Frank Rosengarten. Giacomo Leopardi’s Search for a Common Life through Poetry

By Mark Zuss

(Madison, NJ: Fairleigh Dickinson University Press, 2012).

Giacomo Leopardi (1798-1837) is an enigmatic and emblematic figure in the history of letters. One of the most significant poets and thinkers of 19th century, he drew from the wells of Romanticism and Enlightenment thought and practice alike. In a short and turbulent life, he was to become a herald and critic of Enlightenment reason. Frank Rosengarten offers a compelling description and rationale for a rethinking of Leopardi’s influence, not only on literature but also on political thought, both in his own time and for subsequent generations, extending to the work of, among others, Nietzsche, Gramsci, Trentin, and Bertrand Russell.

Rosengarten’s deft textual analyses of Leopardi’s poetry allow us to appreciate its complex historical, political and biographical sources. Leopardi’s intimate personal life, especially his volatile and troubled erotic relations with men and women, is integrated with the dynamic of a nation beginning to take form out of its feudal shell. The first chapters deal with his birth within a cocoon of reactionary politics and culture, personified by his father’s activity as the editor of a leading right-wing printing house. The rigor of a humanist education and tutelage in the classical tradition, including Italy’s own literary masters, Dante, Petrarch, Tasso and Ariosto, is emphasized. The humanist and classical, philological-centered education, including preparation for an ecclesiastical position, is set in contrast to the direction of the poet’s thematic, aesthetic and political choices. His rejection of privilege and his ambivalence toward the meaning and purpose of ‘nobility’, love between friends, and the place of a ‘common life’ not only set him apart from his family and tradition, but also alienate him from an emerging modernity.

Leopardi was an Enlightenment figure who championed the place of reason and science against the grain of his culture and time. In his most often cited poems, including the ‘Broom Plant’, Leopardi embodies, according to Rosengarten, “the tradition of enlightenment thought that placed experience, reason, observation and science at the forefront of the human enterprise.” An adherent if not an emulator of Lucretian materialism, and of Corpernicus, Leopardi worked to reorient the place of the human in a material universe. His ardent efforts to give expression to this secular materialism, of life without transcendence, telos, divinity or an afterlife, affect of much of his poetry, in which he gave voice to artisans, peasants and trades-people.  In this effort he drew on a key aspect of Romantic aesthetic practice seeking “forms of interiority and feeling that would restore man’s rightful place in the order of things” (88). He catalyzed the formation of a uniquely secular humanism, one that Russell would later recognize as “scientifically based realism” (89). He was also not averse to imposing a polemical thrust to his work. This element is evident in several of the odes and songs of his otherwise lyrical Canti. Rosengarten calls this “the tribute Leopardi paid to the intimate kinship he saw between poetry and philosophy,” a way of setting philosophy into an engagement “in the real sensuous world of experience” (24).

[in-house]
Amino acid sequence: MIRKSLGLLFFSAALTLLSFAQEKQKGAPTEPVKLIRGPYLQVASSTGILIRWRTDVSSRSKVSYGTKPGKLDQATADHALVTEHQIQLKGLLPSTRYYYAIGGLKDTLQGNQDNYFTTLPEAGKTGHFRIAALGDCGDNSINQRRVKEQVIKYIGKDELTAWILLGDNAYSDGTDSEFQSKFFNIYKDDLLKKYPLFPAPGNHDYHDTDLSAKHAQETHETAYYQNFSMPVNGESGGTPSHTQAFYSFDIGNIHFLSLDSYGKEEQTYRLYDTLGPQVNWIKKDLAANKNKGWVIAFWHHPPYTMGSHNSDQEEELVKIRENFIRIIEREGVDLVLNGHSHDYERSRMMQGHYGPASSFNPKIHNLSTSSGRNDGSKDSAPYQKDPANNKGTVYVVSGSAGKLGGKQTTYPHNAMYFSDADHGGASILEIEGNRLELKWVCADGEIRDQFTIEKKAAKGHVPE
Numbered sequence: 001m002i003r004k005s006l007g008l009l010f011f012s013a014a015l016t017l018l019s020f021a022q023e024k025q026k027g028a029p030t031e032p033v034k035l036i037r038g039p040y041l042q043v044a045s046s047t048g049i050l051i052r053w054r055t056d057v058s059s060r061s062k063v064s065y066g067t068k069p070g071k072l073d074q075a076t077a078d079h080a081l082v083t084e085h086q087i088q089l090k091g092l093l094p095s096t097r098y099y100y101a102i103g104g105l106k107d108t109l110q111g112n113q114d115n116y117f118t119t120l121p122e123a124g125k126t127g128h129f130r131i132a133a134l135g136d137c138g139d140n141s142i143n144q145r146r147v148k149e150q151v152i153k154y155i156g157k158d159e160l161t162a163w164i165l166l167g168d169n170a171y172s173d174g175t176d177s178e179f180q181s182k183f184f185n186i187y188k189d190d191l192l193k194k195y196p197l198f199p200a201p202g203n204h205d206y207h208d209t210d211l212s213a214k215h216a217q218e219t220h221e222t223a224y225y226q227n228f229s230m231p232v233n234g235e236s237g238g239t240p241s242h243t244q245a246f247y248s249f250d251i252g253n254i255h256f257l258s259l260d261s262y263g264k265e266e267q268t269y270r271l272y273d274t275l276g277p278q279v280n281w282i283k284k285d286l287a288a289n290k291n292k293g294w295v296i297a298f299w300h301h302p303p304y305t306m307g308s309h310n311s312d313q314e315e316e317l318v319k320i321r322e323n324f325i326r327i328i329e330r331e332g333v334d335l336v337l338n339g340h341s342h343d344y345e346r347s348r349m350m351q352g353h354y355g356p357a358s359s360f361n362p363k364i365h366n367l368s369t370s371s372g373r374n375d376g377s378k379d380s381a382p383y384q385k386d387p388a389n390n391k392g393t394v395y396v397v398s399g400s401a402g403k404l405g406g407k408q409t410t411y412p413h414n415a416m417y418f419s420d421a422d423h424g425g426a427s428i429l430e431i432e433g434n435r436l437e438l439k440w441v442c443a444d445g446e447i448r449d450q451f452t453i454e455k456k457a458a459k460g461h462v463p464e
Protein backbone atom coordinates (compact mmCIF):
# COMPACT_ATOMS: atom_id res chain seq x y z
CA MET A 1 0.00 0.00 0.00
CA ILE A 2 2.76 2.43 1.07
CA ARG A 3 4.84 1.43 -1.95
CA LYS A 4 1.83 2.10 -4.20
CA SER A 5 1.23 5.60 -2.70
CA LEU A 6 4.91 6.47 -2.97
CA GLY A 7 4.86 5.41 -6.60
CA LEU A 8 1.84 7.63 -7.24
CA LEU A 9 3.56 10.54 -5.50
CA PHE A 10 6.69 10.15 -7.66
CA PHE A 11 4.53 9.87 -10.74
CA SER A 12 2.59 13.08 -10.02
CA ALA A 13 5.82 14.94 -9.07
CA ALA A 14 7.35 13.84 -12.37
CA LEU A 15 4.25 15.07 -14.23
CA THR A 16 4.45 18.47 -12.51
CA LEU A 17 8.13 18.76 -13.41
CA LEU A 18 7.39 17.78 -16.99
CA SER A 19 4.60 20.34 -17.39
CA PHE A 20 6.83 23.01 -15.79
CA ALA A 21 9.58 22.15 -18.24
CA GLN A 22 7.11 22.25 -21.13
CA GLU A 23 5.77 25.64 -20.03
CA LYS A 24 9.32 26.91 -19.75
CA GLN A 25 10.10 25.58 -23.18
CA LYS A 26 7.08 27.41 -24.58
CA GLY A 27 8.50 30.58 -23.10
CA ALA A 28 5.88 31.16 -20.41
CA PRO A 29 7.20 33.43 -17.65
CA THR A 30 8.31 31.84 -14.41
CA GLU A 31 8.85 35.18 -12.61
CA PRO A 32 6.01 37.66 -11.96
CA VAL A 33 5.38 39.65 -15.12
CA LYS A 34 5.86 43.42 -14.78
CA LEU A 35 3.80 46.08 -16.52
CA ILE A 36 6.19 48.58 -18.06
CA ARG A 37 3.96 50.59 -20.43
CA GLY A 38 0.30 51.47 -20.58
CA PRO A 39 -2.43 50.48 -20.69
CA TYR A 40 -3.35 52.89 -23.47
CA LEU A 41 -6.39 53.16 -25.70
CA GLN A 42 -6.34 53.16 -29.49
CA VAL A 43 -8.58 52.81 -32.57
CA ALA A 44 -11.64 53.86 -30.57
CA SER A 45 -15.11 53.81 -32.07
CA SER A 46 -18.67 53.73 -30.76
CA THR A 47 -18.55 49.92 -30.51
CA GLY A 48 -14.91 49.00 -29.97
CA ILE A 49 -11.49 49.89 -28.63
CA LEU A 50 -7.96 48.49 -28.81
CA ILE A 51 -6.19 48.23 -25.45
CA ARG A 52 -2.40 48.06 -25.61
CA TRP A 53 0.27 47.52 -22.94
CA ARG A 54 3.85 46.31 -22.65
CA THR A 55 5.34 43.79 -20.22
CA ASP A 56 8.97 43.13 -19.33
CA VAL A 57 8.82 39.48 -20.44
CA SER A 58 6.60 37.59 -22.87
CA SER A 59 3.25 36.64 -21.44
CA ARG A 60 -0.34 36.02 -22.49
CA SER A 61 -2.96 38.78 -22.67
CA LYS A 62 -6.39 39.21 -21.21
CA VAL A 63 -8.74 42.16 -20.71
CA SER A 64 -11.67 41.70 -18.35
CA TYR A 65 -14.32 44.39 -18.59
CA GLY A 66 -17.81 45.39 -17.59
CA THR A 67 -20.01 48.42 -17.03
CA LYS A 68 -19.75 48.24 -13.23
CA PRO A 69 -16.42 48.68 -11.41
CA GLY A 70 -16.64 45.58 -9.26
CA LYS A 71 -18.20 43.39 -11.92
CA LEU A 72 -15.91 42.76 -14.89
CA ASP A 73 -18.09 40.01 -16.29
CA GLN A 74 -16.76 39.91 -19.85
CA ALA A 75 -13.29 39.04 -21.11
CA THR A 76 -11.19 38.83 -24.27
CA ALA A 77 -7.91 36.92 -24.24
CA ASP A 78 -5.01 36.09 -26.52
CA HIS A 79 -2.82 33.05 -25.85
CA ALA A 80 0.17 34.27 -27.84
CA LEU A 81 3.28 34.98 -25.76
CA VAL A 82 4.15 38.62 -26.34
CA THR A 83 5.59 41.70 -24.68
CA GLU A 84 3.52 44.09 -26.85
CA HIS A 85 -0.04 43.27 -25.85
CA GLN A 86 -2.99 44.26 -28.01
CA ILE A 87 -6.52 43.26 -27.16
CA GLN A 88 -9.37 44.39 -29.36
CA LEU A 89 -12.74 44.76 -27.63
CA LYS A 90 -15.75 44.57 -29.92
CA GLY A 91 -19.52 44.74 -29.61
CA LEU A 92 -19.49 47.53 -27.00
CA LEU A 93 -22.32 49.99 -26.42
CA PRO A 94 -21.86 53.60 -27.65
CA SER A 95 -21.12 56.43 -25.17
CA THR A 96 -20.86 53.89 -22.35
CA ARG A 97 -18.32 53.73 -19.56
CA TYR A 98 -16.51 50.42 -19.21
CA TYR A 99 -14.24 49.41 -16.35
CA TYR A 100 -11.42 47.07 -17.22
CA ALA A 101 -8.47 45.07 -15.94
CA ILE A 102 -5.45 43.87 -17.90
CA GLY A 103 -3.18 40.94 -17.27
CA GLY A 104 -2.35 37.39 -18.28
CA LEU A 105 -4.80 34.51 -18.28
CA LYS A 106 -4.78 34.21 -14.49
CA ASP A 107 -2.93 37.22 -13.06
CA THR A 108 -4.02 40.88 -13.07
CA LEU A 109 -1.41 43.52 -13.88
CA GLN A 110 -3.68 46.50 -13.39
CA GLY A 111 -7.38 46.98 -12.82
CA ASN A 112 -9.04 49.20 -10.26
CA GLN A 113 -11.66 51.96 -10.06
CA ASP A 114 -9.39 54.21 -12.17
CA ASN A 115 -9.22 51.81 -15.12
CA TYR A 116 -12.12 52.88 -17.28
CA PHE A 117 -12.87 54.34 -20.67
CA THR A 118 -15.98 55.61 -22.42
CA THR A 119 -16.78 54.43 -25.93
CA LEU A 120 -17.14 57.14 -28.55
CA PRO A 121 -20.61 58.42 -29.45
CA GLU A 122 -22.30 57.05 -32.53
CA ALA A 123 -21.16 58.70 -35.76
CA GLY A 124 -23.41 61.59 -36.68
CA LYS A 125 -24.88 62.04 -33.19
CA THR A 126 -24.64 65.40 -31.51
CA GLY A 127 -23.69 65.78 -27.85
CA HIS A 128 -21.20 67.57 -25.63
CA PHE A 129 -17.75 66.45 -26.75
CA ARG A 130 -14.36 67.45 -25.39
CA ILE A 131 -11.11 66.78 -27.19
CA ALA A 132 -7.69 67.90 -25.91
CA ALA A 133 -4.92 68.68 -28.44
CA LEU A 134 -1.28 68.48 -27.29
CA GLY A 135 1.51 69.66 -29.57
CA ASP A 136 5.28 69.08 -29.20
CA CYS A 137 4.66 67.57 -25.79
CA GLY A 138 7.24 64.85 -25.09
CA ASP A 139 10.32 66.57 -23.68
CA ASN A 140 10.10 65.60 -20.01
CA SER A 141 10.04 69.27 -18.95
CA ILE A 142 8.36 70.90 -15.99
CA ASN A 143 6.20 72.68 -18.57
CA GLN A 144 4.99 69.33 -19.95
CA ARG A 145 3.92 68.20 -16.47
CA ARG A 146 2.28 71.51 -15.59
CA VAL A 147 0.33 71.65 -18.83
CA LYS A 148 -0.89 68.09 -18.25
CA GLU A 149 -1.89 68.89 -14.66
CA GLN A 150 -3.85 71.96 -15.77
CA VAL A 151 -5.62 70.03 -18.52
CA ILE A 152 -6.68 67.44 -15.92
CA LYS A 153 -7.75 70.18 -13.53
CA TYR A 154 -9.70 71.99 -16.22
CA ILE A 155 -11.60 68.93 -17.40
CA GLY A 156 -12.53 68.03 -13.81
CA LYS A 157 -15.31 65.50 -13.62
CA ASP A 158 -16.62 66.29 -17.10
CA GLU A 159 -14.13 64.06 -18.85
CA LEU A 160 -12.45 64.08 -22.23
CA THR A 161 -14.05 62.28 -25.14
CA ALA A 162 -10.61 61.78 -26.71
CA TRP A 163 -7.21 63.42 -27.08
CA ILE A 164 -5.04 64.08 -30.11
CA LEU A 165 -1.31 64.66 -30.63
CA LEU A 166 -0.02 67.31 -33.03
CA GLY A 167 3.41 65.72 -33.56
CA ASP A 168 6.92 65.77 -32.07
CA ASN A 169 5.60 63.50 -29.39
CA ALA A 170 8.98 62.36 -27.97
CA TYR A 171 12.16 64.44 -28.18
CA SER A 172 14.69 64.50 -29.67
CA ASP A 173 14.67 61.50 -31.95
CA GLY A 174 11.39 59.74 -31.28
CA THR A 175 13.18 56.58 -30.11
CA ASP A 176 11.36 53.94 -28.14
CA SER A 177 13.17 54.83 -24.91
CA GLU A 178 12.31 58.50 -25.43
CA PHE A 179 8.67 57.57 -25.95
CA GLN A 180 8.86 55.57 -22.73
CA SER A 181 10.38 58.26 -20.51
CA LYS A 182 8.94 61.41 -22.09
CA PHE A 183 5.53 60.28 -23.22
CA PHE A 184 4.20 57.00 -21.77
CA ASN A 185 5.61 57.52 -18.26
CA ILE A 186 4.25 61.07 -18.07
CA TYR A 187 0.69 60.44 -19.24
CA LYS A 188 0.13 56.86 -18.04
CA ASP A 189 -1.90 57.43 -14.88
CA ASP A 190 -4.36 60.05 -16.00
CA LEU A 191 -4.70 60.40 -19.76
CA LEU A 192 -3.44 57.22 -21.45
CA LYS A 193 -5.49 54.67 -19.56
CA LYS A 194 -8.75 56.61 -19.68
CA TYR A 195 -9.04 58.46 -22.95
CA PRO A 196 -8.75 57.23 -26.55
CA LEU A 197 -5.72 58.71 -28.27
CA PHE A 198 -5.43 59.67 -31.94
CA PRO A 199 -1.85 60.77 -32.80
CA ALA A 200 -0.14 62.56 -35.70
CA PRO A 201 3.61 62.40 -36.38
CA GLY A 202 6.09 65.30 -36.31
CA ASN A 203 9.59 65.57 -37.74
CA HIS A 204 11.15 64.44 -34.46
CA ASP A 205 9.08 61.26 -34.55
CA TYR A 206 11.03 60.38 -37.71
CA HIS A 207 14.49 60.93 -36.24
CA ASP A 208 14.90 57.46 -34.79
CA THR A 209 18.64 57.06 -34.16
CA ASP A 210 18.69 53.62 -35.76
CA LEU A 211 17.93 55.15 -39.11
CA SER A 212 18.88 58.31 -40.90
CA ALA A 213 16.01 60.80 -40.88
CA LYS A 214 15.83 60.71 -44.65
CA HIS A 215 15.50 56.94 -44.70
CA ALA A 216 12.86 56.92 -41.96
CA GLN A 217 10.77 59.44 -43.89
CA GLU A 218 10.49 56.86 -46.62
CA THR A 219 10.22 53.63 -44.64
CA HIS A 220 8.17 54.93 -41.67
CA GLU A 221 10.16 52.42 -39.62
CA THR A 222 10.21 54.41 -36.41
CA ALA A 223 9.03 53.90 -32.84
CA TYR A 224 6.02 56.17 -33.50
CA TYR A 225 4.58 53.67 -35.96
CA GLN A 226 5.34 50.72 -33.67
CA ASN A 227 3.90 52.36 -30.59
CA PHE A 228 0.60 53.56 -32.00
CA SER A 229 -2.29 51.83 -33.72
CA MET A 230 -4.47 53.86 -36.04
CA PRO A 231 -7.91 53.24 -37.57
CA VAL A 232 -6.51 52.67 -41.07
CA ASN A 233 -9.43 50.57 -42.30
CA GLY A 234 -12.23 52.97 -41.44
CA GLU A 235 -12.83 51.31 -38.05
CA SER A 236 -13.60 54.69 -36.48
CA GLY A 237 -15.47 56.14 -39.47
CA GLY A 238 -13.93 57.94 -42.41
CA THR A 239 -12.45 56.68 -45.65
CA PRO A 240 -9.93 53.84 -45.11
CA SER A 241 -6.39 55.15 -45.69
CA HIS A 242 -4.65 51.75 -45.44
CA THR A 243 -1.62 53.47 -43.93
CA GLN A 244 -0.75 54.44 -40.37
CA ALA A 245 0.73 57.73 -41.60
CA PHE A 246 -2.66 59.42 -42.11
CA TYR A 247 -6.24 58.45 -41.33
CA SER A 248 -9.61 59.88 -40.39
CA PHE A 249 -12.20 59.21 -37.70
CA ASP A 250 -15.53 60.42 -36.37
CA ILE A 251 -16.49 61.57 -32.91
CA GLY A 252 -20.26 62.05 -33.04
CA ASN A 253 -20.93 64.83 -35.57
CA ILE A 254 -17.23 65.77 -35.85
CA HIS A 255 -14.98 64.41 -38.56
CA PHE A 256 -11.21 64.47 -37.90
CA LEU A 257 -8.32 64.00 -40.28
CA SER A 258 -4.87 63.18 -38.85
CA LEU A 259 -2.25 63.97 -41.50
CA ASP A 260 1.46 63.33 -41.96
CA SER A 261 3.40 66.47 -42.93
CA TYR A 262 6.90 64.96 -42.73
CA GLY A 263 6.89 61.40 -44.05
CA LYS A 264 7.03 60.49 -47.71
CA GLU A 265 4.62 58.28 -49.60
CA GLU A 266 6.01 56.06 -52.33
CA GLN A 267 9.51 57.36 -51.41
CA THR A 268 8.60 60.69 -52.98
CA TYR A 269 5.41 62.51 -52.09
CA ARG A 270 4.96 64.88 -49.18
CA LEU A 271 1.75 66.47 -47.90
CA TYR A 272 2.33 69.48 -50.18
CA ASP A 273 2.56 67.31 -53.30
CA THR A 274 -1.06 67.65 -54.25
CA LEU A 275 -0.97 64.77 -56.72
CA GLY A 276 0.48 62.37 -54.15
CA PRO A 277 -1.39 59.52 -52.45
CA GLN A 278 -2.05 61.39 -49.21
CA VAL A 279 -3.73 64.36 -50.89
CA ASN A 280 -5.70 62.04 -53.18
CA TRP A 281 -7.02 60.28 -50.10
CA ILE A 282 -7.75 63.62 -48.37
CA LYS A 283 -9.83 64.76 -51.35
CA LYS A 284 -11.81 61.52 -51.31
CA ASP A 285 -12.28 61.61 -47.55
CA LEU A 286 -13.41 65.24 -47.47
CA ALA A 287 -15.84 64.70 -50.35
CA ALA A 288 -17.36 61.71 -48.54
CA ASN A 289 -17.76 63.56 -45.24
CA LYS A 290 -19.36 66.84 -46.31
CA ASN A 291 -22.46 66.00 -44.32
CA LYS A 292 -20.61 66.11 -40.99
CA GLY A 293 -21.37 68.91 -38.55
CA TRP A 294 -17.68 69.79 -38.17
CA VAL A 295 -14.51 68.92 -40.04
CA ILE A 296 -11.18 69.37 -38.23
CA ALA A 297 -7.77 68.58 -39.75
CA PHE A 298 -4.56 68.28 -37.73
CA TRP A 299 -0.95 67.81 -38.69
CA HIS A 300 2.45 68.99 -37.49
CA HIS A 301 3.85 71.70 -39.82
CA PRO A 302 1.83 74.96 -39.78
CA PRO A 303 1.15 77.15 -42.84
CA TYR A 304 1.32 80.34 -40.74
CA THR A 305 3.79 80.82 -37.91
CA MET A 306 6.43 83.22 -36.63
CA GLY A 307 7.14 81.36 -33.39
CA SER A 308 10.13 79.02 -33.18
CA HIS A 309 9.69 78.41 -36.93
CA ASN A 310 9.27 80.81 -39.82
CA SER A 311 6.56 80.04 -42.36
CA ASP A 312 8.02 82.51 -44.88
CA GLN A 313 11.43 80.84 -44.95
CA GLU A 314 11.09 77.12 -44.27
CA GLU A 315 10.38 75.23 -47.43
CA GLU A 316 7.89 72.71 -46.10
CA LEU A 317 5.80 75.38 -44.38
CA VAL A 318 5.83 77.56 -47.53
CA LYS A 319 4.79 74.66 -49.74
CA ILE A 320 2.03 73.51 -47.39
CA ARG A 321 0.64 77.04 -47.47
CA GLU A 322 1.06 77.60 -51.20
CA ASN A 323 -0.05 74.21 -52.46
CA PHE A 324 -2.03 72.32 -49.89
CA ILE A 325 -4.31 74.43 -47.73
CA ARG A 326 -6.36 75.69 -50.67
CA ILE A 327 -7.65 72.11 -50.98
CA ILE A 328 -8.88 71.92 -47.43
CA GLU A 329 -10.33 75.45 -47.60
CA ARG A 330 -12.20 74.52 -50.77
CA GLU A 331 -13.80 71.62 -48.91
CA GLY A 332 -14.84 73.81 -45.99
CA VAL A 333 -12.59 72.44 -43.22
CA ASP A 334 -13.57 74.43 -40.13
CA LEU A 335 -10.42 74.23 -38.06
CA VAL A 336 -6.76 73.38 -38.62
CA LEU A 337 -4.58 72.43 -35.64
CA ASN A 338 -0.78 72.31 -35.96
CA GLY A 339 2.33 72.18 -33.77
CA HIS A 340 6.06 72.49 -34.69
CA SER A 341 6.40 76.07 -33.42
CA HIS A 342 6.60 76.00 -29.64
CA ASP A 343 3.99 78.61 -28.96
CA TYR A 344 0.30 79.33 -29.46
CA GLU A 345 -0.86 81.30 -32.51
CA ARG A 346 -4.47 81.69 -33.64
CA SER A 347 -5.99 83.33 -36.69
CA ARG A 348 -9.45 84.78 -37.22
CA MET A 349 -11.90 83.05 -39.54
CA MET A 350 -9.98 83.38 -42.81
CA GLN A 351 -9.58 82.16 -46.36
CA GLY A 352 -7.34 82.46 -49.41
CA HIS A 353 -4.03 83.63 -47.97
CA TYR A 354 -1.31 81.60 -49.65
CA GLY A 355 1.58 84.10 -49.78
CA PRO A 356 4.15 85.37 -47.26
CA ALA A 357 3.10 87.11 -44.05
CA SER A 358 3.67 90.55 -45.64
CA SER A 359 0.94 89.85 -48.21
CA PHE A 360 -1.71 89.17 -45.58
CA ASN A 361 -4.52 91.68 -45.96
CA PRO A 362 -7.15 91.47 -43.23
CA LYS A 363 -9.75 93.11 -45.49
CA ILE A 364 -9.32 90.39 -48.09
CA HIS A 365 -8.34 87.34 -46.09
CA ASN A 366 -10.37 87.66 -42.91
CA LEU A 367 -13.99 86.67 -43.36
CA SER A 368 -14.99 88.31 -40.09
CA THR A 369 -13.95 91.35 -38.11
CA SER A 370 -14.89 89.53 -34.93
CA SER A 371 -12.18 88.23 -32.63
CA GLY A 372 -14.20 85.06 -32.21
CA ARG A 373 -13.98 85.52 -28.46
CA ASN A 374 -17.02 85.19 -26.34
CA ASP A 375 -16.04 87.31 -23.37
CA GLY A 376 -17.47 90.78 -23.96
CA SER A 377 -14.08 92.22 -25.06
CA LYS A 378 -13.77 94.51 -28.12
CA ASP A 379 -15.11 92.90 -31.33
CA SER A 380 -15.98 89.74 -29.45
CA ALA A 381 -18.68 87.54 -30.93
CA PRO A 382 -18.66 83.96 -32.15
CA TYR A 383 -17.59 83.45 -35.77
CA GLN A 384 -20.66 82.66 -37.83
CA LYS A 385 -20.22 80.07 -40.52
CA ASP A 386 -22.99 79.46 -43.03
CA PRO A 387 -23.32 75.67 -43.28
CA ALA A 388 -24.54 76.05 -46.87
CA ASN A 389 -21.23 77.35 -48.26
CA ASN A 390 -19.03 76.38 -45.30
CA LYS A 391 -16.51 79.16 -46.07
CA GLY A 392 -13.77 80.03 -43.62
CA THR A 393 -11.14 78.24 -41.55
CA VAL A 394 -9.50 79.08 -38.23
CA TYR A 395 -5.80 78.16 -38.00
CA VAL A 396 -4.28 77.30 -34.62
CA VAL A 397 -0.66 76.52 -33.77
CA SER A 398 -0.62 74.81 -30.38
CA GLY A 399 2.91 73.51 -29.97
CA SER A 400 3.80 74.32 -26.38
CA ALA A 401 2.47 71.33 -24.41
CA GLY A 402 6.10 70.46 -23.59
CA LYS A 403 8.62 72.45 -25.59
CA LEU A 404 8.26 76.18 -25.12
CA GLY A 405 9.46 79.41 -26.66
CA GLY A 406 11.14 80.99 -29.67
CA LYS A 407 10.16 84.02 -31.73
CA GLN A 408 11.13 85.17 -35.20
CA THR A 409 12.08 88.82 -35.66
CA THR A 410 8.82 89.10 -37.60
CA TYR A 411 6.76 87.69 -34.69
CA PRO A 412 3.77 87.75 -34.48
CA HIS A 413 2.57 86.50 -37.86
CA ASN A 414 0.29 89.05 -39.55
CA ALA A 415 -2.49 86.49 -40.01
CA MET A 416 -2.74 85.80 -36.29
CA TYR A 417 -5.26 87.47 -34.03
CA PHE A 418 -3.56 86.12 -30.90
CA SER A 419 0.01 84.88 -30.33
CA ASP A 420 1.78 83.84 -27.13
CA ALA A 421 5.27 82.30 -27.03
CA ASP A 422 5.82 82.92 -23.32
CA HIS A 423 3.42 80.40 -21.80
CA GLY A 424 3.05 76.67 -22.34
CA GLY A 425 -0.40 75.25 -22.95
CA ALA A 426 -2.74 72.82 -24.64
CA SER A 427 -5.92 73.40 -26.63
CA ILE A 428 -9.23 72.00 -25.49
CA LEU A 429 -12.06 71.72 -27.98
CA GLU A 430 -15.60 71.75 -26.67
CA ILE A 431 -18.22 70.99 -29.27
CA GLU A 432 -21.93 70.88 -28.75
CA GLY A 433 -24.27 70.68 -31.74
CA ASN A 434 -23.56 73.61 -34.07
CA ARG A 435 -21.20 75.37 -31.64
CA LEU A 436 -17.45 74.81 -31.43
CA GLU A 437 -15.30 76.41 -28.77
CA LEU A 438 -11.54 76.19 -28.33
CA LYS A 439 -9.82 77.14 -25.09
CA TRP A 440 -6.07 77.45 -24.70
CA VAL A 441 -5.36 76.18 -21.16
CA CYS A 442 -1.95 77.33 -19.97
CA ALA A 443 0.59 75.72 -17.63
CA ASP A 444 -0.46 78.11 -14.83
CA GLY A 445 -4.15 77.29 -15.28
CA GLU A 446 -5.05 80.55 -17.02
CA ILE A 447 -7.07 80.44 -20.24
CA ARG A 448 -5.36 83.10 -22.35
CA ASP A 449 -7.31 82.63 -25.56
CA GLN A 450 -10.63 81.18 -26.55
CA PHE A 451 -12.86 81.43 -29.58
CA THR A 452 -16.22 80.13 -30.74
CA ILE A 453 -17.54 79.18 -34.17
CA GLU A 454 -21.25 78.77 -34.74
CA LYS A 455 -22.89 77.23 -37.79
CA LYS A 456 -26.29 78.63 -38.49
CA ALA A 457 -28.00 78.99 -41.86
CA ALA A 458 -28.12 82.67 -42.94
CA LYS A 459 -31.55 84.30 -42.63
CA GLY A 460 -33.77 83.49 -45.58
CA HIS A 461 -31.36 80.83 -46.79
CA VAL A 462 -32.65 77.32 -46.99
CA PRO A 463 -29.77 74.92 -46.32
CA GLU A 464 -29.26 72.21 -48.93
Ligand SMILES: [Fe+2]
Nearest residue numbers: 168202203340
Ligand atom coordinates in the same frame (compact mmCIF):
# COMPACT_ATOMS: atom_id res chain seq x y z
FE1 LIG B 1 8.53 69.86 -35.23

In this vein, Leopardi perceived poetry as a means of rekindling a new spirit of identity for an Italy fallen from its classical heritage into a moral and political impasse. Beyond celebrations of tradition and the glories of the classical age of literature and philosophical culture, Leopardi worked toward removing the ‘fatal gap’ he saw between writers and the people. He evinced an abiding “affection for and mastery of popular Italian modes of expression” and “fashioned a whole poetic universe out of materials that were humble, quotidian, and fleeting in nature” (106). His work sought to find the means, meter and measure of a ‘common life.’

Leopardi is portrayed here in his own terms, liberated from the interpretations of those who later drew on his work. Not unlike Nietzsche, Leopardi has been appropriated by all manner of ideologies, including by Fascist philosopher Giovanni Gentile, but also dominated by a classical humanist consensus as provided by Croce, as well as by Trentin and Gramsci in the 1920s. For both Trentin and Gramsci, he became a prophet of resistance and an icon in the struggles against Fascism. Gramsci is quoted as finding expressed by Leopardi, in “an extremely dramatic form, the crisis of transition to modern man, the critical abandonment of all transcendental conceptions” (141).